Anthropologist Margaret Mead once said, “Never doubt that a small group of thoughtful, committed citizens can change the world; indeed, it’s the only thing that ever has.” But, what about systems that make it harder for groups to materialise and facilitate change?
Let us imagine, as a thought experiment, that a group of like-minded individuals, wanting to transform a city, is established. These might be people who have the time, space, energy and intent to do this. Those with wealth and cultural capital could bring resources in, and those marginalised by the state could bring intent and a personal drive. Different kinds of people, ultimately, could be a part of the change.
The lack of a transparent system
Perhaps the next hurdle for a group of changemakers, after finding each other and establishing a base, would be an opaque system that refuses to disclose how it works. This is characterised by confusing, bureaucratic processes that are cumbersome and demotivating.
If and when the group manages to navigate the system, it could face the risk of backlash, often by the state. When thousands of crores and millions of square feet of public space are at stake, no system will further its development without a fight. And for such a group to have any impact, it will need to include at least 3.5% of the entire population, to become a tipping point. For a city like Mumbai, that would be 350,000 people, whereas the largest citizens groups have at best a few thousand supporters.
What does one do then?
Perhaps the answer lies in balancing activism with constructive citizen politics.
As citizens, we have to do two things simultaneously. One, to speak truth to power and raise our voices where we see things going wrong. This can be done through filing civic complaints, Public Interest Litigations, and petitions. Like the Save Aarey Movement, protest is an essential part of this work.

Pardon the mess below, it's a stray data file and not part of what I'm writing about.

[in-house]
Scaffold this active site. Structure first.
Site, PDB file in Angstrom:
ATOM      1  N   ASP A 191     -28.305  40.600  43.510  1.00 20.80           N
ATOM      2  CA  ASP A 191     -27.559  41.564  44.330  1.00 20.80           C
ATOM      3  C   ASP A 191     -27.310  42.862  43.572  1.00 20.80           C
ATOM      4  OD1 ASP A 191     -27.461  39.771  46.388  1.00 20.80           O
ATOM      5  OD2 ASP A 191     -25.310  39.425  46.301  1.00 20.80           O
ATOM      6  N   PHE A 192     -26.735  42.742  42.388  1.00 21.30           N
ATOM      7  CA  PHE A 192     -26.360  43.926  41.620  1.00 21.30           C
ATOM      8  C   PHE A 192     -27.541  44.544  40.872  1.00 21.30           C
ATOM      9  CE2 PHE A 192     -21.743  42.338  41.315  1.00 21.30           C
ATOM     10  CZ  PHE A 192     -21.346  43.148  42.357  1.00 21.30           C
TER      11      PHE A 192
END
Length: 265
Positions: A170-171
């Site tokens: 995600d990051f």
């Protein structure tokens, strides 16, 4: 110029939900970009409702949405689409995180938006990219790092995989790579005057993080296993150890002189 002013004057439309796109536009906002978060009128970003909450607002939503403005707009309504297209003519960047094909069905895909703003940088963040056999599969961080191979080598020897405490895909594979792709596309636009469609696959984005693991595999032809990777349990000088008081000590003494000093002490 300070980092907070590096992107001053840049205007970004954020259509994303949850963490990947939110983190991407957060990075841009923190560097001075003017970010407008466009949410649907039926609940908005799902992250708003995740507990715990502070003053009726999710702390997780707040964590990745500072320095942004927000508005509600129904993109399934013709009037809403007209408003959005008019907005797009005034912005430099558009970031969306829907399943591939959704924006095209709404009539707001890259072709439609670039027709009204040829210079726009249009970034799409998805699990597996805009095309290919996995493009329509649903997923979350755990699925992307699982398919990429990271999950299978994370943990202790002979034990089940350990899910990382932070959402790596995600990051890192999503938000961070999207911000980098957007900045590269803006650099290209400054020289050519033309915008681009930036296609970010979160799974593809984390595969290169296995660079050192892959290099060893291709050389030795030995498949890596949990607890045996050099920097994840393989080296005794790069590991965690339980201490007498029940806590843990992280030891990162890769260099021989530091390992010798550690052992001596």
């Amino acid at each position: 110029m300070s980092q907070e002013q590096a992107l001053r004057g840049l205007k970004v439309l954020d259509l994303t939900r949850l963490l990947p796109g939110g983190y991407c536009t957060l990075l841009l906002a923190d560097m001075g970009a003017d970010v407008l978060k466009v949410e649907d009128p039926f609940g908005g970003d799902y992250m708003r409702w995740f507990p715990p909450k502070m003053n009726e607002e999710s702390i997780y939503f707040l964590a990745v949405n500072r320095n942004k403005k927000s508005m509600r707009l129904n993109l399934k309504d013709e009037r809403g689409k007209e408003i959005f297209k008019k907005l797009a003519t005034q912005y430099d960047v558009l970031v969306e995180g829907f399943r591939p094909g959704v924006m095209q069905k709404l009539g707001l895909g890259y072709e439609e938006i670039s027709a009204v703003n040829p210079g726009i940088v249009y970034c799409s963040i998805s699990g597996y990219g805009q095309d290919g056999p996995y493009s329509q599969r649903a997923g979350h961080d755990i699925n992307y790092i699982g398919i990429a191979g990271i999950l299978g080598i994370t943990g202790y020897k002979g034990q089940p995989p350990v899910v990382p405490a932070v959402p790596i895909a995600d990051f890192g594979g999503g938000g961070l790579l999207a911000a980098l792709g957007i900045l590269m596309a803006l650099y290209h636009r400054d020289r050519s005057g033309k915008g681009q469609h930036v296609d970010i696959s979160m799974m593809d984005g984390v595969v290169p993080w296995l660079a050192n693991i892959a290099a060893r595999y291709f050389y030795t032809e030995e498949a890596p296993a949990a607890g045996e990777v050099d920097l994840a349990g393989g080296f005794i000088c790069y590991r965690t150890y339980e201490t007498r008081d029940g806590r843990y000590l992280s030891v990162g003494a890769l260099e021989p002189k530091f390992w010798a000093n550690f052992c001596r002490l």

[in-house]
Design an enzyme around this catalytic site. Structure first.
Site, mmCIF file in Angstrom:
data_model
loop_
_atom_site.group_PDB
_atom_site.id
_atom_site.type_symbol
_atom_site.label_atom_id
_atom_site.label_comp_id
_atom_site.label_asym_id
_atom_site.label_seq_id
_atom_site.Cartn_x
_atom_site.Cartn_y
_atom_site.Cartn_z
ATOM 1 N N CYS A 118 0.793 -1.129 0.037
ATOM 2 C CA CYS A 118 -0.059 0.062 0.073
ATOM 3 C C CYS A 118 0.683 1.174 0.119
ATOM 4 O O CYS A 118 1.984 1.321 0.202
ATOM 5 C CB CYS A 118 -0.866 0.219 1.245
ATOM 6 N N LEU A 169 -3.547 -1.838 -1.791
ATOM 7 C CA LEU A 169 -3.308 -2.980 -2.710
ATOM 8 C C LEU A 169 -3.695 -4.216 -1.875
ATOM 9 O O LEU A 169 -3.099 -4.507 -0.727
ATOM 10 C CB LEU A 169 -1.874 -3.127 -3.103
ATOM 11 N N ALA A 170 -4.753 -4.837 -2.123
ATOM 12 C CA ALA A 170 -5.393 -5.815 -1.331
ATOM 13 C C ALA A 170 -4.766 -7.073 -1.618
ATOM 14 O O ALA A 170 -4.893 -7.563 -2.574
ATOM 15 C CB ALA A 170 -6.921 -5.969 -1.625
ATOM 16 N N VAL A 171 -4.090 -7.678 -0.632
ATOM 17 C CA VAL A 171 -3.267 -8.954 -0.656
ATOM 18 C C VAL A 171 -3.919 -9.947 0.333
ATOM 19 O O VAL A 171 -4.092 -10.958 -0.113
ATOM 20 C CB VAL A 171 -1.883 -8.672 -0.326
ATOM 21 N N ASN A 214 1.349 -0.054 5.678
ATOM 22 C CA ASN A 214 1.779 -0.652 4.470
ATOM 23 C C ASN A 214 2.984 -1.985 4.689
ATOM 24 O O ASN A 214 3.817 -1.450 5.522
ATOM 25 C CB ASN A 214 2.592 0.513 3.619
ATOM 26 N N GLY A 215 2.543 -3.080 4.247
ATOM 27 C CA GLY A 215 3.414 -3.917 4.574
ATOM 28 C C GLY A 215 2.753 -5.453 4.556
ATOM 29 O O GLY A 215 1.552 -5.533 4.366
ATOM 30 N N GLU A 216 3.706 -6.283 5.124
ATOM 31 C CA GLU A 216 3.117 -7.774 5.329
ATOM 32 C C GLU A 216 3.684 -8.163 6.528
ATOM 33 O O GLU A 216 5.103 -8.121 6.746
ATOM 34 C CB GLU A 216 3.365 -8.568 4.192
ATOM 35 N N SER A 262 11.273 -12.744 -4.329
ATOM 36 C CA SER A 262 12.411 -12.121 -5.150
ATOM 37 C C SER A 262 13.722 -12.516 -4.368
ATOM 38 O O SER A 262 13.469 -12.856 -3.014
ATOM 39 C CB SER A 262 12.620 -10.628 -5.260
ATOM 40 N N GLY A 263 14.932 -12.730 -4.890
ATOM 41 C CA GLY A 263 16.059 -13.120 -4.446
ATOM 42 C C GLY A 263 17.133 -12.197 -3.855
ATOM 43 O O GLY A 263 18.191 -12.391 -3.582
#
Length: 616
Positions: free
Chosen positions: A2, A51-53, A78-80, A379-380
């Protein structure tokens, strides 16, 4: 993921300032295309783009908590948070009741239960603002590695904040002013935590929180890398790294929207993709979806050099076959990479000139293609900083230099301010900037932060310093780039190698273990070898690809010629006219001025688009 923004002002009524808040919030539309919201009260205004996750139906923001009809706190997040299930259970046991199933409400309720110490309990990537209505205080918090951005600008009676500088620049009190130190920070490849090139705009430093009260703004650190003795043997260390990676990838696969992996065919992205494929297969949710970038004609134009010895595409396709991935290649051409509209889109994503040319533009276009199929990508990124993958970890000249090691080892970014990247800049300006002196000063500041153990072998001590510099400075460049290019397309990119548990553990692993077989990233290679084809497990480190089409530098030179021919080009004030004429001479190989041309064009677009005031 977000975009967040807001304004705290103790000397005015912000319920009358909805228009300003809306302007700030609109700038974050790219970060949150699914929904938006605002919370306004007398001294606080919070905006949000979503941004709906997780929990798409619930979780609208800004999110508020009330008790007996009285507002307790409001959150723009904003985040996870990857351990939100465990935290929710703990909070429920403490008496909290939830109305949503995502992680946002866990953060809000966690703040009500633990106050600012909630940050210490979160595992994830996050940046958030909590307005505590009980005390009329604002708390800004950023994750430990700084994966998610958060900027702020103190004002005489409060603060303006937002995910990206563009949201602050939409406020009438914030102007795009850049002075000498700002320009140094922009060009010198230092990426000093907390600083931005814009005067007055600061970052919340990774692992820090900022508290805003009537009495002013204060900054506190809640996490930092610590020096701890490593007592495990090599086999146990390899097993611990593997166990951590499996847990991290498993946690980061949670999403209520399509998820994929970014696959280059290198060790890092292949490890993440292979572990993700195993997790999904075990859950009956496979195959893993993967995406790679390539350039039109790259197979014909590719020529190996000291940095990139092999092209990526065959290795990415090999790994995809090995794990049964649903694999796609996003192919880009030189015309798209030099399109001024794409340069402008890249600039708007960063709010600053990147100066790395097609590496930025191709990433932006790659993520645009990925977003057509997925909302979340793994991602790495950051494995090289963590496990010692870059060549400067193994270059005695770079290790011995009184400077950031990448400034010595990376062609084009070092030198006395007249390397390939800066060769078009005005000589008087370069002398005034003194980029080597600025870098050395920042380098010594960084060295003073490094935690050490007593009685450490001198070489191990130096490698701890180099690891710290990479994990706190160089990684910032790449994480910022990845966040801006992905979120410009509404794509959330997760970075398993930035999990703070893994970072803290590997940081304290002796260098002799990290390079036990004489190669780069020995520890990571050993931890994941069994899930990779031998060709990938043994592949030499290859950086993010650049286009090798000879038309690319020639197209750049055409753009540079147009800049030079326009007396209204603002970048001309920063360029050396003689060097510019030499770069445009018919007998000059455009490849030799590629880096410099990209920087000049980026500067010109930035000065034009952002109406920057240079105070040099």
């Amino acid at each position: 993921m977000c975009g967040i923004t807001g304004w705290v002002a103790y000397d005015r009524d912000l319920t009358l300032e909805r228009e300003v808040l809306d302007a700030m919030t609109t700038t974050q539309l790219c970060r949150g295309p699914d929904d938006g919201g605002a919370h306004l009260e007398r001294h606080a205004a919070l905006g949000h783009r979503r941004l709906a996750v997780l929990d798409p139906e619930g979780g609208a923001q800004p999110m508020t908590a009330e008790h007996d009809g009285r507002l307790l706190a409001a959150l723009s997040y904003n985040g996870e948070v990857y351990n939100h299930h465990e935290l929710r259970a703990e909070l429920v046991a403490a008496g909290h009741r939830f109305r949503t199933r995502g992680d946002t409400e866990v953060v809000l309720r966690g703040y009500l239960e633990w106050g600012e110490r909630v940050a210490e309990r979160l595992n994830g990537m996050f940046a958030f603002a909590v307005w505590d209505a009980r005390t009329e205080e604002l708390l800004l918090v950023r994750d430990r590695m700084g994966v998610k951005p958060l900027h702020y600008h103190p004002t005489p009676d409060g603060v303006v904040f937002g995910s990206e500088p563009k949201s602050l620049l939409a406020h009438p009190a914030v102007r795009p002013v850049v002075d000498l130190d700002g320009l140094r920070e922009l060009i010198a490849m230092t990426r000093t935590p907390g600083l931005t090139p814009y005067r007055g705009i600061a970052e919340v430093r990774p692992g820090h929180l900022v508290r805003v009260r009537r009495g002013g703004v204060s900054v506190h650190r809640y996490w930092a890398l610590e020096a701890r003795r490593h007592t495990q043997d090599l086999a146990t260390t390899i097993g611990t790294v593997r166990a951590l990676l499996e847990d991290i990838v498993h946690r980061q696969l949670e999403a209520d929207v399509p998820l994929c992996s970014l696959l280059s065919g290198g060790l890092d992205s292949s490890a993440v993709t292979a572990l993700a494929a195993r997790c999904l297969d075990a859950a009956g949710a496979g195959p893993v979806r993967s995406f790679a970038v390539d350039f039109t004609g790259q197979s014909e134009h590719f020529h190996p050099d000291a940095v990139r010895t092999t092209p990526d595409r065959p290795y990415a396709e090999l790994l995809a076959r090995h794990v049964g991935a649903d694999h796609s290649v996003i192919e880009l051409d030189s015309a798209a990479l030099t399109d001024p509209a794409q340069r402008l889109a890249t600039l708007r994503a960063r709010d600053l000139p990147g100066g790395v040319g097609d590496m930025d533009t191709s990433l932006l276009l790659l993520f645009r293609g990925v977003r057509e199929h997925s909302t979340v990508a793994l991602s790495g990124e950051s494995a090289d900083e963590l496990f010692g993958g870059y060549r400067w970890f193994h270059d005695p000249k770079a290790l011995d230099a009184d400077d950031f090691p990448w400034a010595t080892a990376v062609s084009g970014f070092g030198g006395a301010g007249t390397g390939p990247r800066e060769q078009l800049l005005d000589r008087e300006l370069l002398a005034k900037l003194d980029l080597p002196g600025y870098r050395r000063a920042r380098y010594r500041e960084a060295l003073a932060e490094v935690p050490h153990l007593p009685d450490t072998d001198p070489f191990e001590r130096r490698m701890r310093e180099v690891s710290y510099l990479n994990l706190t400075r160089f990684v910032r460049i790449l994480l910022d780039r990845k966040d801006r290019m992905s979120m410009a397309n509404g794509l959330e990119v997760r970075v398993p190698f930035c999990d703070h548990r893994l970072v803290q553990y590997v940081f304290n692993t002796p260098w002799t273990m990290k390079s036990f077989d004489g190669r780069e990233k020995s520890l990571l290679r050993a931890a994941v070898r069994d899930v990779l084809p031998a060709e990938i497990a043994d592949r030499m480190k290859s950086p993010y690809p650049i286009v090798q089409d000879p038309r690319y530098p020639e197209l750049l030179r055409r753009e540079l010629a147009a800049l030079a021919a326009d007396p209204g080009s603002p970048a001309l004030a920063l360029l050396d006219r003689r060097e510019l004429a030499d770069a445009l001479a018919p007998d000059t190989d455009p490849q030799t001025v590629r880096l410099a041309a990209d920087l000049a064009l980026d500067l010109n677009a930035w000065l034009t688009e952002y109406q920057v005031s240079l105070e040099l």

However, doing too much of this can overstate what is wrong and evoke emotions of anger, helplessness and angst.
So, the second thing to do would be to recognise and amplify hope. We need to share success stories, where the government and administration have delivered (and there are many). We have to point out places where citizens have successfully collaborated with the establishment.
Finding and establishing hope
A part of this approach is also to humanise the administration, and even councillors if one can. It is to assume good intent on the part of at least some people in our government. In my personal experience, I can attest that many good people are trying to serve the samaj through the sarkar route.
If we dream of creating resilient societies, they have to be filled with hope, energy and care. A middle-class movement can only emerge when its politics naturally resonate with its demographic. Rather than activism that can be overly critical, the idea of engaging constructively is more amenable.
Constructive politics is a non-violent approach to making change happen, the one where the villain is not the politician but the indifferent citizen. And, by trusting our capacities and the intent of those wanting a better city, we can manifest a city we deserve.
Of the 10,000 people working in the social change space in Mumbai, let us aim to organise 3.5% of them. This could mean a potential ripple across the city.
With the BMC elections approaching, it is a great time to release this energy and show up for something we care about. In just a few hours a week, any citizen can connect to their local issues, make their voice heard and do something about what troubles them.
Those wanting to be re-elected will be listening. Let’s invite them to co-create a city of hope. A city of dreams. A city that we are proud of. Our home, Mumbai.